KBR officials showed up at a USACE planning session on the award when none of their competitors were allowed in the door. After KBR presented its planning update, the session continued over other budget projections that could clearly give KBR insider knowledge of future Iraq campaign operations. Greenhouse wanted KBR out of the room. It’s a conflict of interest to have a prospective award recipient involved in the planning stages for missions not yet officially announced, she said.
Greenhouse’s worst fears were realized when KBR, in an action mocking the competitive bidding process, got a no-bid, five-year award when a one-year contract would have sufficed in an “emergency.” Greenhouse penned her reservations directly on the contract documents. Otherwise, she said, “there would have been a major risk the five-year strategy never would have been revisited, and no follow-up on limited competition would have been instituted as promised to the American public.”
Under the original contract Greenhouse was asked to sign, even if Halliburton fouled up, it couldn’t be dumped. After she cried foul, she was demoted from her top contracts’ oversight job in the Senior Executive Service to a mere program manager.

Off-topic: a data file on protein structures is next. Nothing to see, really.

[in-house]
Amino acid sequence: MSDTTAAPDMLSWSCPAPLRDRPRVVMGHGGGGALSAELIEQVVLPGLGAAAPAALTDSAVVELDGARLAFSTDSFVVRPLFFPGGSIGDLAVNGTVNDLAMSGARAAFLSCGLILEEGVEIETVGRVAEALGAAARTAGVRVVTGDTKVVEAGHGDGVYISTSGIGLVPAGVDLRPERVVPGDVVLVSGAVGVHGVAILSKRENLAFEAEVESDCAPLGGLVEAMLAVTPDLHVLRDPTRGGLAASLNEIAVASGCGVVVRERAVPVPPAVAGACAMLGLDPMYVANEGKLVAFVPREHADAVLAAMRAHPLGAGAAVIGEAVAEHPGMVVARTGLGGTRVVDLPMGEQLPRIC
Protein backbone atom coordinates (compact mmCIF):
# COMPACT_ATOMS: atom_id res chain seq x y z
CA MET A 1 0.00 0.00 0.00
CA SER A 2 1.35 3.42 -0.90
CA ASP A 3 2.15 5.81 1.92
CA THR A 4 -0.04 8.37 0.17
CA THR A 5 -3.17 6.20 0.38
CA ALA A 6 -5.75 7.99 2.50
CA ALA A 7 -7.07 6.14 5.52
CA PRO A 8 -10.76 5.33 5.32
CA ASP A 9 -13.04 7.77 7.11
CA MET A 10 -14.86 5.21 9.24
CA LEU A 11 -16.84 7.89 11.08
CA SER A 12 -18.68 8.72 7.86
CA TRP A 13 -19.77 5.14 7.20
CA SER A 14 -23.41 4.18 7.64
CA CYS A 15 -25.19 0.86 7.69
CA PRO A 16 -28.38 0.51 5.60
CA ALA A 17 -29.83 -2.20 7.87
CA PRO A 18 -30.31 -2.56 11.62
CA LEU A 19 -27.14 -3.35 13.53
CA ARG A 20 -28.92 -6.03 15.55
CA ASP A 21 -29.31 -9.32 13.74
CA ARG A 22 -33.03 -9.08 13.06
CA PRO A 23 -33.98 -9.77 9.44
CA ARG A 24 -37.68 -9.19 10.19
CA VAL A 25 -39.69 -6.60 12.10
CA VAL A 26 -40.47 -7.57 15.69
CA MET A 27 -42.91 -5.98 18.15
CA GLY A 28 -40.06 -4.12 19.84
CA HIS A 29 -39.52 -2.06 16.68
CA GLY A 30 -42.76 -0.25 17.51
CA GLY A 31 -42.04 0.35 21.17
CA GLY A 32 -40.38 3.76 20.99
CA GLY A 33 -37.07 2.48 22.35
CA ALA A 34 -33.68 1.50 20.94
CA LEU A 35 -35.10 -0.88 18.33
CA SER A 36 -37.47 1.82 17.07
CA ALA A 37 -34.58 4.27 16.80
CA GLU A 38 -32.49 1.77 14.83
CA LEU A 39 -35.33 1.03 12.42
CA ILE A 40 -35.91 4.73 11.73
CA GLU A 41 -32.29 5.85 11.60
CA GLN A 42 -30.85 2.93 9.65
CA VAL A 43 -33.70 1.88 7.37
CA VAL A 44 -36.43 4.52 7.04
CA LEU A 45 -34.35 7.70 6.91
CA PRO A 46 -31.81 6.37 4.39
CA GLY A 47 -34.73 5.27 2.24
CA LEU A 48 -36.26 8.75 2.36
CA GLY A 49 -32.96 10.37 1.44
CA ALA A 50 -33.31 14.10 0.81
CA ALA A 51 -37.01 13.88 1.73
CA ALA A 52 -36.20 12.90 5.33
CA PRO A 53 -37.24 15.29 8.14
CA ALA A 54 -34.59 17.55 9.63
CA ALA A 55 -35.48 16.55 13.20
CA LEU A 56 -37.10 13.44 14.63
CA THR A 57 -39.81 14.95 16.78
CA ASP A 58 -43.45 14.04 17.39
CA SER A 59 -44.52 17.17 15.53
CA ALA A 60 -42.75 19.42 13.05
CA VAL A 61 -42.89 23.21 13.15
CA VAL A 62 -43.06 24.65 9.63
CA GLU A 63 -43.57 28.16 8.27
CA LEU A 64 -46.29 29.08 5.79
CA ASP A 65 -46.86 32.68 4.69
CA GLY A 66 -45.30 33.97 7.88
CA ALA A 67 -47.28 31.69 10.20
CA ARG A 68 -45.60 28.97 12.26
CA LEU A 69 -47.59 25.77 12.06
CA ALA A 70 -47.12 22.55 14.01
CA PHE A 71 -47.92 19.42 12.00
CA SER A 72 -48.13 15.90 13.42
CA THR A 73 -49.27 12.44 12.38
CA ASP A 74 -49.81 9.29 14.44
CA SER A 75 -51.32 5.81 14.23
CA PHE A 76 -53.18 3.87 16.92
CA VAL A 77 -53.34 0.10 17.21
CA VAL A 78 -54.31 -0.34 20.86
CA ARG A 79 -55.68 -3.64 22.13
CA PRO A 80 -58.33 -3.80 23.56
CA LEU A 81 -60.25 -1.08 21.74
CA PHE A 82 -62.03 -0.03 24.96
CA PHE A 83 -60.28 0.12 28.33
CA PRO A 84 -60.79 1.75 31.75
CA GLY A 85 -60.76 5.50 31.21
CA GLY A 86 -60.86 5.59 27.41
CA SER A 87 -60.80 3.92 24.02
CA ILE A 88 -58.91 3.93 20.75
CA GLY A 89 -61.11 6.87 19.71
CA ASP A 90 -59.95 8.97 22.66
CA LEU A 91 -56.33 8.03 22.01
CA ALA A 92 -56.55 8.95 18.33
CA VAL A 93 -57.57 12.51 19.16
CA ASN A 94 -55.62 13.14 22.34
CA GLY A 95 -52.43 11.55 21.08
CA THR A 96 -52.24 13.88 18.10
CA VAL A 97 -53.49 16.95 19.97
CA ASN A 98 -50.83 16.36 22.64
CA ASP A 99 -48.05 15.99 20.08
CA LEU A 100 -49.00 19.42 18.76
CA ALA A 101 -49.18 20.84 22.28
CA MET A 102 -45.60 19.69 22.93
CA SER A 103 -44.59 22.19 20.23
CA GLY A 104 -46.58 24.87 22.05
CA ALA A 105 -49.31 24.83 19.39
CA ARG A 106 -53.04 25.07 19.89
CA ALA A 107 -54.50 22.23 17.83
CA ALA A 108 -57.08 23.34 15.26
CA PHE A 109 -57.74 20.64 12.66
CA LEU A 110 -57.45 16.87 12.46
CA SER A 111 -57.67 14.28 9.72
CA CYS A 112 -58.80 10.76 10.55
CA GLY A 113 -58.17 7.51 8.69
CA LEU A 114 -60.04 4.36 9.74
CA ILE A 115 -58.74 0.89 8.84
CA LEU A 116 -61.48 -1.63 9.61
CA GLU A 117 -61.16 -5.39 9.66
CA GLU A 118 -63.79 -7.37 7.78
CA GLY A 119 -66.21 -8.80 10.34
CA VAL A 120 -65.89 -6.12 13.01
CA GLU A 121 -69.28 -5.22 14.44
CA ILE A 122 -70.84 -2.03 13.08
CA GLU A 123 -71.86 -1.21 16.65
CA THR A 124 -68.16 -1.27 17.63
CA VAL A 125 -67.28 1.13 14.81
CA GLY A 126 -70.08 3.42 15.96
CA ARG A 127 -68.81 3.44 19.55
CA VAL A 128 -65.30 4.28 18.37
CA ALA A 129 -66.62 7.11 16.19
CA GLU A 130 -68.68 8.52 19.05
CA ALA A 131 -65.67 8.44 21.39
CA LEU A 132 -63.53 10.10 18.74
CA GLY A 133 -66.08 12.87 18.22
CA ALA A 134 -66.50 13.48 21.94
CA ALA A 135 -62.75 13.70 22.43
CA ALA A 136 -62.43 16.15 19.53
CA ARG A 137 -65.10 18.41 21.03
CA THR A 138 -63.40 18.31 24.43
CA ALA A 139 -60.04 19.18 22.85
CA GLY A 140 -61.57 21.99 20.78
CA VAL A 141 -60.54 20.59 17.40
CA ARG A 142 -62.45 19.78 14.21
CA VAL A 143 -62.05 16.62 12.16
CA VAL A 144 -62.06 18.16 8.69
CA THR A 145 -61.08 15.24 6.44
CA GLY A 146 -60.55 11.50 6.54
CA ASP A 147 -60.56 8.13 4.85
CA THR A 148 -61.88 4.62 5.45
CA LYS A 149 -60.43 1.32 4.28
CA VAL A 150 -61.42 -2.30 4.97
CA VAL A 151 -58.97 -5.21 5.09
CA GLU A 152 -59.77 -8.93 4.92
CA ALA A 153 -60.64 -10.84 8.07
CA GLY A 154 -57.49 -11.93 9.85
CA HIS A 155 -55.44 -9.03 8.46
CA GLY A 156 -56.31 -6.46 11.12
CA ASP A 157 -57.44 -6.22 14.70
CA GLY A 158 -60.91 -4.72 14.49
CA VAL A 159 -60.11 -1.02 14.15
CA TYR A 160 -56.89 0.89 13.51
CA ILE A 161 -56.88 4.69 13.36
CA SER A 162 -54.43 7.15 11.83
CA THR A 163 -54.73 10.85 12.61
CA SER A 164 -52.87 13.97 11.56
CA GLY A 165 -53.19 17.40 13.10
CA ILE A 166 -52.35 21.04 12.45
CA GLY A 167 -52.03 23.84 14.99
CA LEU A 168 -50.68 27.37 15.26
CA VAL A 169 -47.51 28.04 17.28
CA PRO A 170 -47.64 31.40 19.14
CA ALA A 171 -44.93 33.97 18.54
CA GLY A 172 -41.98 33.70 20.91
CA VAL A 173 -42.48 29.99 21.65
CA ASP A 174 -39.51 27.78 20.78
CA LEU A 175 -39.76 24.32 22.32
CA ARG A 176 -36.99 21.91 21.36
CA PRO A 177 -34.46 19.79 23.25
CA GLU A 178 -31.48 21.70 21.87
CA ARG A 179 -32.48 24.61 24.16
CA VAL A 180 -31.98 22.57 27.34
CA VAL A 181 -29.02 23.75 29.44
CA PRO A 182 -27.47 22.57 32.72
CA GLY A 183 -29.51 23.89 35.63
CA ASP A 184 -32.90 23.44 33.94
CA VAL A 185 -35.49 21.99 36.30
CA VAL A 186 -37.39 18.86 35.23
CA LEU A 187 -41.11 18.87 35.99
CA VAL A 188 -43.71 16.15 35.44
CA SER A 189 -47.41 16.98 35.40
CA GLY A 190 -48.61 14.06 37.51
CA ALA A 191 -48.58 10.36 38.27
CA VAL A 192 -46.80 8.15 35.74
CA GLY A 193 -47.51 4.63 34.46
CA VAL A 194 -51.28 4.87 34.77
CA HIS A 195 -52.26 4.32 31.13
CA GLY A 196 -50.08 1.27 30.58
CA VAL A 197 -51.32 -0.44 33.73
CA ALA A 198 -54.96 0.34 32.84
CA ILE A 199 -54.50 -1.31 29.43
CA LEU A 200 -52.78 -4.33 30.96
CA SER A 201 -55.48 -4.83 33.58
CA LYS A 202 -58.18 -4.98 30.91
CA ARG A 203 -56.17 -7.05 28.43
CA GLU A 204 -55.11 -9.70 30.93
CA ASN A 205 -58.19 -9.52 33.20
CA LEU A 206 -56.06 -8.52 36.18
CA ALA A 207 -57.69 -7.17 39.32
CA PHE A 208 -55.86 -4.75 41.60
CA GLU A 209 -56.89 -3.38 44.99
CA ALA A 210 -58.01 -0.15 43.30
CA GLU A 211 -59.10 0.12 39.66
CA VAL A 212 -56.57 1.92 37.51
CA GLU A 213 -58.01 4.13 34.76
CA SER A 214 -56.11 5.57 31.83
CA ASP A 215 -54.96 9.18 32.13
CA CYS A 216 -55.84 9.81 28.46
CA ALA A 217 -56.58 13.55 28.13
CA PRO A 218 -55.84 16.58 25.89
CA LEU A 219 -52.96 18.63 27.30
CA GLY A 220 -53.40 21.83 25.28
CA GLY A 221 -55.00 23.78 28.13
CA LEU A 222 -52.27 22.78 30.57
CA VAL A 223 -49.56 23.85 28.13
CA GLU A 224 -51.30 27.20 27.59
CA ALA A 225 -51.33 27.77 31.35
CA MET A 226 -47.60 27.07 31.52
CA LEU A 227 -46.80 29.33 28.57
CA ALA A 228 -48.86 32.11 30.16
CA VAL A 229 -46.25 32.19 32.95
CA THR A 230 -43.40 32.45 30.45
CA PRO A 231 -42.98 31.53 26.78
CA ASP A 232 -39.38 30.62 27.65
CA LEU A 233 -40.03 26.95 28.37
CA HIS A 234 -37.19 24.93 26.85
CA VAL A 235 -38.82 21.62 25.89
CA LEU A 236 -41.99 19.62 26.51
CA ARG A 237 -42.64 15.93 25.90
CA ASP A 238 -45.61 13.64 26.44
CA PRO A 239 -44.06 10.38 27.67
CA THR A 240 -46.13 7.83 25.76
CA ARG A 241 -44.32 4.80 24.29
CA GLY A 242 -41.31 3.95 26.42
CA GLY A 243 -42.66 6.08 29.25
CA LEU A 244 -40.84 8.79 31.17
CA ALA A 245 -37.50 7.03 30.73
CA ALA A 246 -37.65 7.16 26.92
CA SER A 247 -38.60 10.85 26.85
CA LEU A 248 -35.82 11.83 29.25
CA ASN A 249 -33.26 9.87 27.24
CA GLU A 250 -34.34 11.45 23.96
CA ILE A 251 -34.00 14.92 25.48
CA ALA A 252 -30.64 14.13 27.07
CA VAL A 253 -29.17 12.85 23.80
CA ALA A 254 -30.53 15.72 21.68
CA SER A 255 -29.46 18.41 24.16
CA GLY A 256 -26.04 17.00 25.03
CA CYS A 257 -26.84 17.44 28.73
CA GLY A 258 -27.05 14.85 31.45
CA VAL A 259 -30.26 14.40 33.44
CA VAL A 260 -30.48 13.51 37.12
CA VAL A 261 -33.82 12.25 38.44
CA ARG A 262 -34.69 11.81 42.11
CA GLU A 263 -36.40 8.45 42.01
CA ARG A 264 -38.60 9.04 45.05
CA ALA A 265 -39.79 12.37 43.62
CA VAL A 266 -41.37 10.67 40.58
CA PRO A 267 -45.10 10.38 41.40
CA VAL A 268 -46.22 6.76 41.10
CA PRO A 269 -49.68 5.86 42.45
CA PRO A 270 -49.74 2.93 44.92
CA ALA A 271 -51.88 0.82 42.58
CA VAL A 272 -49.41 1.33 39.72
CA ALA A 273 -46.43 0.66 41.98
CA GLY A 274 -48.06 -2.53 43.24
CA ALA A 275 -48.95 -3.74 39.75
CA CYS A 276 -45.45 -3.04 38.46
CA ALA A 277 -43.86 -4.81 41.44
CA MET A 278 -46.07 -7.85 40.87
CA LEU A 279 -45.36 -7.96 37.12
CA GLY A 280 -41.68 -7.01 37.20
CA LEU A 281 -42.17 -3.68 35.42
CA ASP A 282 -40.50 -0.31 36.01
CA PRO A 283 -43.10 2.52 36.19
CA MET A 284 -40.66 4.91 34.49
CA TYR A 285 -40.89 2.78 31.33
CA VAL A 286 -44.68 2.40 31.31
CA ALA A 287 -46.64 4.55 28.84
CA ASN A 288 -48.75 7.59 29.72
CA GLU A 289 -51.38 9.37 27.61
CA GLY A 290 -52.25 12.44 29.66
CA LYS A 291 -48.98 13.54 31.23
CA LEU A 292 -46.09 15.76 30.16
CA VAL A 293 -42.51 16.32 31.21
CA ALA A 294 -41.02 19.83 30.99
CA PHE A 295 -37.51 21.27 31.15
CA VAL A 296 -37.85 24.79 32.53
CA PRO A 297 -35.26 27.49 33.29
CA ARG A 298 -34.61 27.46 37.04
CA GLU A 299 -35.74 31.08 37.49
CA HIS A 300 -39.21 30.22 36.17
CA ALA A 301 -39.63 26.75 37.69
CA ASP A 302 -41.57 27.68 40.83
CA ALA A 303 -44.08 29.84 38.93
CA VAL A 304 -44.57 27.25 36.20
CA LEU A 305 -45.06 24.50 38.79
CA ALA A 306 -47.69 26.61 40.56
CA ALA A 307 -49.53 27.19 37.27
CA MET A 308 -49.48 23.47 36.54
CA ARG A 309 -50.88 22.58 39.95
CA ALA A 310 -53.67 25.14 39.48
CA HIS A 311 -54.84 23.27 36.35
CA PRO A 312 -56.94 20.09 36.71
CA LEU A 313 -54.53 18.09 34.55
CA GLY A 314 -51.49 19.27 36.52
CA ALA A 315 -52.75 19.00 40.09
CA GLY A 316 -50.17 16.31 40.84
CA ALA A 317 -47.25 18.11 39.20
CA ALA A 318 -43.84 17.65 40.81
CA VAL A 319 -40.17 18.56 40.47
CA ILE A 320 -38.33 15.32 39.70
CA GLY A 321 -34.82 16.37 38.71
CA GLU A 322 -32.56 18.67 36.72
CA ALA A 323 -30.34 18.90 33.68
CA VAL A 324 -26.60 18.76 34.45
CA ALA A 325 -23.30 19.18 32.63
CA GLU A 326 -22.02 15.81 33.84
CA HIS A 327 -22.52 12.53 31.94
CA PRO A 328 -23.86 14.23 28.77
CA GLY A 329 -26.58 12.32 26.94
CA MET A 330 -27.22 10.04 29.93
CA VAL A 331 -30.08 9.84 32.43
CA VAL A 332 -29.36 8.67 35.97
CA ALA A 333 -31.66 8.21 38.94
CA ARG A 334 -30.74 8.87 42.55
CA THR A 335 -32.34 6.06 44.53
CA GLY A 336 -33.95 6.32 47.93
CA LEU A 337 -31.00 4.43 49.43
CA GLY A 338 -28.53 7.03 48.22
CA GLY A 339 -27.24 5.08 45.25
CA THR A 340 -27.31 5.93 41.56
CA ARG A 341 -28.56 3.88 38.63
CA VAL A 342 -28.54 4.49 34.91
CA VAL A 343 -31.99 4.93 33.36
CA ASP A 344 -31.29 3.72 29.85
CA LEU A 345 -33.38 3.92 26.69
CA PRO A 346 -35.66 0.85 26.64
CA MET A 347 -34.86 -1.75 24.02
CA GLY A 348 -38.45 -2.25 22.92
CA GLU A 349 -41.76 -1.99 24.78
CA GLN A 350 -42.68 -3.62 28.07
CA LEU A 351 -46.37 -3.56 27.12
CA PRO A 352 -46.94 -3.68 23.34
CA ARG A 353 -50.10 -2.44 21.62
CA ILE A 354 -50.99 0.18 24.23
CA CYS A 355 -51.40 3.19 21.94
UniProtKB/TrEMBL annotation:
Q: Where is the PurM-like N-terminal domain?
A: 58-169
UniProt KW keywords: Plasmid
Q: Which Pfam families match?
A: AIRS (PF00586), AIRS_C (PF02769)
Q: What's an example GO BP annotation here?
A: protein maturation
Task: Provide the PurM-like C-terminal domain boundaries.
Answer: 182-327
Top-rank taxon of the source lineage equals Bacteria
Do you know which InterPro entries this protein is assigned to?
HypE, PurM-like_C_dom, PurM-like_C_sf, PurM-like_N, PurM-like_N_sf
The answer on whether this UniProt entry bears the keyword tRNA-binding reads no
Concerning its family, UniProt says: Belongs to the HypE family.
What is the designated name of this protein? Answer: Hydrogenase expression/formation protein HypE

It should be noted, before the Halliburton rip-off, Greenhouse single-handedly wrought a revolution in the Defense Base Act insurance law that saved the Pentagon $20-million in its first six months of operation. Over time, her action may save taxpayers hundreds of millions spent on insurance premiums to cover military contractors working abroad.
Looking back, Greenhouse says, “I was never accused of having engaged in any act of impropriety. I was never called on the carpet to defend my actions or inactions for any business judgment I made during the contracting process.”
Three Congressional Democrats wrote Rumsfeld asking if it wasn’t a fact Greenhouse’s demotion was retaliatory. The Defense boss, so eager to bring justice to the people of Iraq, did not deign to respond about injustice in his own office. Now, Greenhouse says, every action toward her is designed to inflict as much humiliation as possible.